Despite her young age, Gauff has also shined at other Grand Slam events with runs to the fourth round on three separate occasions, as well as also reaching the last eight of the French Open last year.

“I definitely feel like this helped my confidence a lot. When I was 15, 16, 17, I felt so much pressure to make a final. Now that I made it, I feels like a relief a little bit.” she said.

There is no time to rest for Gauff who will return to the court in less than 24 hours to play in the women’s doubles final alongside Jessican Pegula. The pair will take on home favourites Kristina Mladenovic and Caroline Garcia.

“I don’t know what my happiest moment has been (at the French Open this year). Hopefully it will be tomorrow if we can win in doubles. Hopefully that will be the happiest moment,” Gauff concluded.

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Wrist Injury Threatening To End Holger Rune’s Olympic Dream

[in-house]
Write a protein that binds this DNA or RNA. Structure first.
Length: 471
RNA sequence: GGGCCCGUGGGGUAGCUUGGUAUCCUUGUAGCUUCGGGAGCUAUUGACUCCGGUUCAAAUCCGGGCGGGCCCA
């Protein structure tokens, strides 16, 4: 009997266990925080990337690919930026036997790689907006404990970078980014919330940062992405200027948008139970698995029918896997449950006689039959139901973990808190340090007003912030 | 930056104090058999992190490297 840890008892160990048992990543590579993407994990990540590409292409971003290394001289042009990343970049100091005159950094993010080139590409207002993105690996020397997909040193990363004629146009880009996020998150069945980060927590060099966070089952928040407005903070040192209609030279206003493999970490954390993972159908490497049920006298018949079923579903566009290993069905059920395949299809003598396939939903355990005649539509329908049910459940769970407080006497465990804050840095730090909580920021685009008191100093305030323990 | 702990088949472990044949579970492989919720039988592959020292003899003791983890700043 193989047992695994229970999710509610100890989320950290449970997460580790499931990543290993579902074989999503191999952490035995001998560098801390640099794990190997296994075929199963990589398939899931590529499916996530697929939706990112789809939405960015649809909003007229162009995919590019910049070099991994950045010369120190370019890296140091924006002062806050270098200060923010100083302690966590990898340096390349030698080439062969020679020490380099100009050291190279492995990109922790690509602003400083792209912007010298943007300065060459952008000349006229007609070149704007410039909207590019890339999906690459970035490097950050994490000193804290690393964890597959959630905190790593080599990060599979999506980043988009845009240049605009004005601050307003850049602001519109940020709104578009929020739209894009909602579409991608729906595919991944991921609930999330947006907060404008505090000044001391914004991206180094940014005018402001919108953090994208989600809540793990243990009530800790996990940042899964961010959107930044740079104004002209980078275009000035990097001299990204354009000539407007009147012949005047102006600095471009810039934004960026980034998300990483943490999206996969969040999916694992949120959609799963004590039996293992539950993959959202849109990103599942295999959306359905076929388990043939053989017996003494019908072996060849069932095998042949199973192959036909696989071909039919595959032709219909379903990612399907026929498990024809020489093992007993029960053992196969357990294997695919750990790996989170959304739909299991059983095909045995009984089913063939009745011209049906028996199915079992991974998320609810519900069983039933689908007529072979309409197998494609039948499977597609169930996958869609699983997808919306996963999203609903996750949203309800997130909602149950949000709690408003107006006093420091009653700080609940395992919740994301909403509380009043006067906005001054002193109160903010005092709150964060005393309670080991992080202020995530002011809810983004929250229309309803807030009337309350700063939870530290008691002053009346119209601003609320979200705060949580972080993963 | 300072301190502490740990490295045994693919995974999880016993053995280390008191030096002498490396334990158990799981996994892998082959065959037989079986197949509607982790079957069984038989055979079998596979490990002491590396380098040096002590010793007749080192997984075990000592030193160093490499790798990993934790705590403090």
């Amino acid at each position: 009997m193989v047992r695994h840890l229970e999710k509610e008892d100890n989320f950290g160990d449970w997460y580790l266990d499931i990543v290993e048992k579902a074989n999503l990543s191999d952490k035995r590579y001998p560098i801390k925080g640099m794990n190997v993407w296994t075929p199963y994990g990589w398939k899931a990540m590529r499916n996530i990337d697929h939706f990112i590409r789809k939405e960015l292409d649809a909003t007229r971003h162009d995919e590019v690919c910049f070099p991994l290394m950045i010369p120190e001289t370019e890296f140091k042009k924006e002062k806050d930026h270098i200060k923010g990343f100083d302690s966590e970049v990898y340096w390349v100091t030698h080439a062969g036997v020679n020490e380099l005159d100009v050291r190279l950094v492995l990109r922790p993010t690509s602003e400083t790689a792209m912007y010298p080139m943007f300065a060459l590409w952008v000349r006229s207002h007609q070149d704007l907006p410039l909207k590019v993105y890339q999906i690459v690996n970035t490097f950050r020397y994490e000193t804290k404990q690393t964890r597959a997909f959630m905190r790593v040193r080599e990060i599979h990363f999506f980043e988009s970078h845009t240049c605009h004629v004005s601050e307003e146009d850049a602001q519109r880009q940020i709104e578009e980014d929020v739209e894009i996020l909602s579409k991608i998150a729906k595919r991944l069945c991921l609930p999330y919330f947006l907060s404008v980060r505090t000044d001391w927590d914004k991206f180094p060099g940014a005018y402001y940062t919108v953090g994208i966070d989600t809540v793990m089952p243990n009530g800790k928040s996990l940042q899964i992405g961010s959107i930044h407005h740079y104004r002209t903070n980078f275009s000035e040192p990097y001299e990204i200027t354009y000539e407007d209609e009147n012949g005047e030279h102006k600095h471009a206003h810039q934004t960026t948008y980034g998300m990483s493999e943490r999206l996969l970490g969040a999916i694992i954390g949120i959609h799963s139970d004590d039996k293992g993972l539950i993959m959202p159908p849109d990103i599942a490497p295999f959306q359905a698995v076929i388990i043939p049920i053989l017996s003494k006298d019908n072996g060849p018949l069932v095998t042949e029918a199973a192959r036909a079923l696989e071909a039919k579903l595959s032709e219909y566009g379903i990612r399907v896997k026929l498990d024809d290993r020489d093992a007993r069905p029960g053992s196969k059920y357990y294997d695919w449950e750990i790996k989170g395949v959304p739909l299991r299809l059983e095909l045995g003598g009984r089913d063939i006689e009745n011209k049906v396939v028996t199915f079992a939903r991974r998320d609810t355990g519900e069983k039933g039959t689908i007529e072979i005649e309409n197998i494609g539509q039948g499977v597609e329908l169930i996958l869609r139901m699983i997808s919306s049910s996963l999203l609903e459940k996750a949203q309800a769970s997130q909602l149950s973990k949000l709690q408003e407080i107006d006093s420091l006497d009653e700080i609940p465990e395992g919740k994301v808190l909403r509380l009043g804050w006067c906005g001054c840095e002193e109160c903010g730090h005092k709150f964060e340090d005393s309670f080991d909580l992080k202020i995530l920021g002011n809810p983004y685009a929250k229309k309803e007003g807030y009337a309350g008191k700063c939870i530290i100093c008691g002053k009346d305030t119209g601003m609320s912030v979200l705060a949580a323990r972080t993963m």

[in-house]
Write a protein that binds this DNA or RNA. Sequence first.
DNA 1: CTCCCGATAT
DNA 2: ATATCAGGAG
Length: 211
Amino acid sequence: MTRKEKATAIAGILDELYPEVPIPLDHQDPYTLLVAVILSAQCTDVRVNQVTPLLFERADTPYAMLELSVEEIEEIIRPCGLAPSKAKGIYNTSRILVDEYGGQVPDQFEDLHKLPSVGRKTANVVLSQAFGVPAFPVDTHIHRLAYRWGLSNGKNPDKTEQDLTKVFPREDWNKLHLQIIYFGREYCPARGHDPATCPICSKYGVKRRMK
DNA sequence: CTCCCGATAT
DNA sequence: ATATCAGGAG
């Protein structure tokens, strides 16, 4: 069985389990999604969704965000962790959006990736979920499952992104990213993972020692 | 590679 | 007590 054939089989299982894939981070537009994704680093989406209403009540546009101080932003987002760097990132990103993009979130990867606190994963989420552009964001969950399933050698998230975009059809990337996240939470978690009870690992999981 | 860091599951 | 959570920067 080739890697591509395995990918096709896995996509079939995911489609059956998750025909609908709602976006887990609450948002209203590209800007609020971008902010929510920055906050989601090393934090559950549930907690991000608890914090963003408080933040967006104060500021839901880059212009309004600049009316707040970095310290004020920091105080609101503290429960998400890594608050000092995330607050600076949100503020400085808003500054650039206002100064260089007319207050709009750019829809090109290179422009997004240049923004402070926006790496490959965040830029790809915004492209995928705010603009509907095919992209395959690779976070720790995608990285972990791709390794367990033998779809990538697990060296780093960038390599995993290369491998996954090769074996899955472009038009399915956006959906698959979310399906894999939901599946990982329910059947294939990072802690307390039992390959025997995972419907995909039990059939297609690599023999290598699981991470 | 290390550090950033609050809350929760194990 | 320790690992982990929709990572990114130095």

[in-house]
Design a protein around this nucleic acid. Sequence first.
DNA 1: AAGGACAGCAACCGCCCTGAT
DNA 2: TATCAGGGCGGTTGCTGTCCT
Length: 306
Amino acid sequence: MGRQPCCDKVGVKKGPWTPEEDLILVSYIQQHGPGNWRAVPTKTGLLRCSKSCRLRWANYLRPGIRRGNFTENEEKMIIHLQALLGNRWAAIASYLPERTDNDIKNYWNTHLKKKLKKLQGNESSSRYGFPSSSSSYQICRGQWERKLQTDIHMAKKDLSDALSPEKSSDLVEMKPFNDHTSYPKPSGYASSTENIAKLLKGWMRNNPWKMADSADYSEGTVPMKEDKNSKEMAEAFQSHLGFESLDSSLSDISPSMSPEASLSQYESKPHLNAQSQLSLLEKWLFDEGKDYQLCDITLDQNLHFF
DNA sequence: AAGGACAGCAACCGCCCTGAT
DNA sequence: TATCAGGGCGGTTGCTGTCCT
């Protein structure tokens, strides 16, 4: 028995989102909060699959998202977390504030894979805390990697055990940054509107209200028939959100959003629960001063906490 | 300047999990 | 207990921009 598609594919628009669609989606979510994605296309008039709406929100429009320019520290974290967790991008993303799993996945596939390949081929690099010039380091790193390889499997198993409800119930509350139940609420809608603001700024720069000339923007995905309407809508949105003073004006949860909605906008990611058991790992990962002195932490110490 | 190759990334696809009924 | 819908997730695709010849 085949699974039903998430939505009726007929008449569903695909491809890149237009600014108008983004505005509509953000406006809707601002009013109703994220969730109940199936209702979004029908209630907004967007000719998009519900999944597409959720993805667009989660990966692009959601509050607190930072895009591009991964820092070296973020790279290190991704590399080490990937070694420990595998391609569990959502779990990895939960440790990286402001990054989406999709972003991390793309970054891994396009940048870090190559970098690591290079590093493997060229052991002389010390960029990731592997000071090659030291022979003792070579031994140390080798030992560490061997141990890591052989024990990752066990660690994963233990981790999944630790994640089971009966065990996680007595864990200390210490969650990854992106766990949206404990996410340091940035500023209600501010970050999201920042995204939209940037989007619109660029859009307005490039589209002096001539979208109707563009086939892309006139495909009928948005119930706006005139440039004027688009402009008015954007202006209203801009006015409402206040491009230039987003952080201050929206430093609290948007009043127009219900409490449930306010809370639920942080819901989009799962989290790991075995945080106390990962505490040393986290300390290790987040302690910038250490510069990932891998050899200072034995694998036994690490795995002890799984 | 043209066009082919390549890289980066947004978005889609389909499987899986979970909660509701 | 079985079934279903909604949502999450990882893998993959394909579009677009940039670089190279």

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Holger Rune will have a second medical opinion on Monday before deciding if he is fit enough to play at the Olympic Games, according to his team. 

The Danish world No.17 recently retired from his quarter-final match at the Hamburg Open due to a knee injury. The hope at the time was that his withdrawal would be just a precautionary measure ahead of the Olympics. However, he is also dealing with a second issue that appears to be more serious.

According to TV 2 Sport, Rune has been struggling with a wrist issue and underwent a scan on Sunday which his mother Aneke says ‘doesn’t look promising.’ Aneke is also the manager of her son’s career. Rune’s Olympic dreams now rest on the outcome of a second medical expert that he will visit tomorrow who has a better understanding of the sport. 

“Unfortunately, it does not look promising after the first medical opinion after the review of the scan of the wrist,” Aneke Rune told TV 2 Sport.

“We are waiting for two tennis-specific doctors who will give a second opinion tomorrow (Monday). Tennis wrists look different from regular wrists, so we’ll hold out hope for one more day.” 

Rune is one of three Danish players entered into the Olympic tennis event along with Caroline Wozniacki and Clara Tauson. The country has only won one medal in tennis before which was at the 1912 Games when Sofie Castenschiold won silver in the women’s indoor singles event.